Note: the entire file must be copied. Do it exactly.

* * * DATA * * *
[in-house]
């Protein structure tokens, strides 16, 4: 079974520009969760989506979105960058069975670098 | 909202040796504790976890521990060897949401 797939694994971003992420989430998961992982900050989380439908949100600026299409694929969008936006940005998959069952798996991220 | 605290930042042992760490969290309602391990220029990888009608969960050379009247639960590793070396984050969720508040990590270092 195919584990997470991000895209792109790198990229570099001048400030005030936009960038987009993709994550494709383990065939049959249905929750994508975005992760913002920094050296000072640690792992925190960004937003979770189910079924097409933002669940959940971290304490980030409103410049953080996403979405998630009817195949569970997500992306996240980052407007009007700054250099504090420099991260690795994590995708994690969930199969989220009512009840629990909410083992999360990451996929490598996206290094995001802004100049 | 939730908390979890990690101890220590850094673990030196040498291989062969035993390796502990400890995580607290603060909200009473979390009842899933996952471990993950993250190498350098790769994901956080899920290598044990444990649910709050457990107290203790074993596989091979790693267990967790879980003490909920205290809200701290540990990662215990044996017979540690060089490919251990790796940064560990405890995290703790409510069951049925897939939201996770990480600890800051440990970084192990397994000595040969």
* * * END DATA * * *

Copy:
[in-house]
């Protein structure tokens, strides 16, 4: 079974520009969760989506979105960058069975670098 | 909202040796504790976890521990060897949401 797939694994971003992420989430998961992982900050989380439908949100600026299409694929969008936006940005998959069952798996991220 | 605290930042042992760490969290309602391990220029990888009608969960050379009247639960590793070396984050969720508040990590270092 195919584990997470991000895209792109790198990229570099001048400030005030936009960038987009993709994550494709383990065939049959249905929750994508975005992760913002920094050296000072640690792992925190960004937003979770189910079924097409933002669940959940971290304490980030409103410049953080996403979405998630009817195949569970997500992306996240980052407007009007700054250099504090420099991260690795994590995708994690969930199969989220009512009840629990909410083992999360990451996929490598996206290094995001802004100049 | 939730908390979890990690101890220590850094673990030196040498291989062969035993390796502990400890995580607290603060909200009473979390009842899933996952471990993950993250190498350098790769994901956080899920290598044990444990649910709050457990107290203790074993596989091979790693267990967790879980003490909920205290809200701290540990990662215990044996017979540690060089490919251990790796940064560990405890995290703790409510069951049925897939939201996770990480600890800051440990970084192990397994000595040969």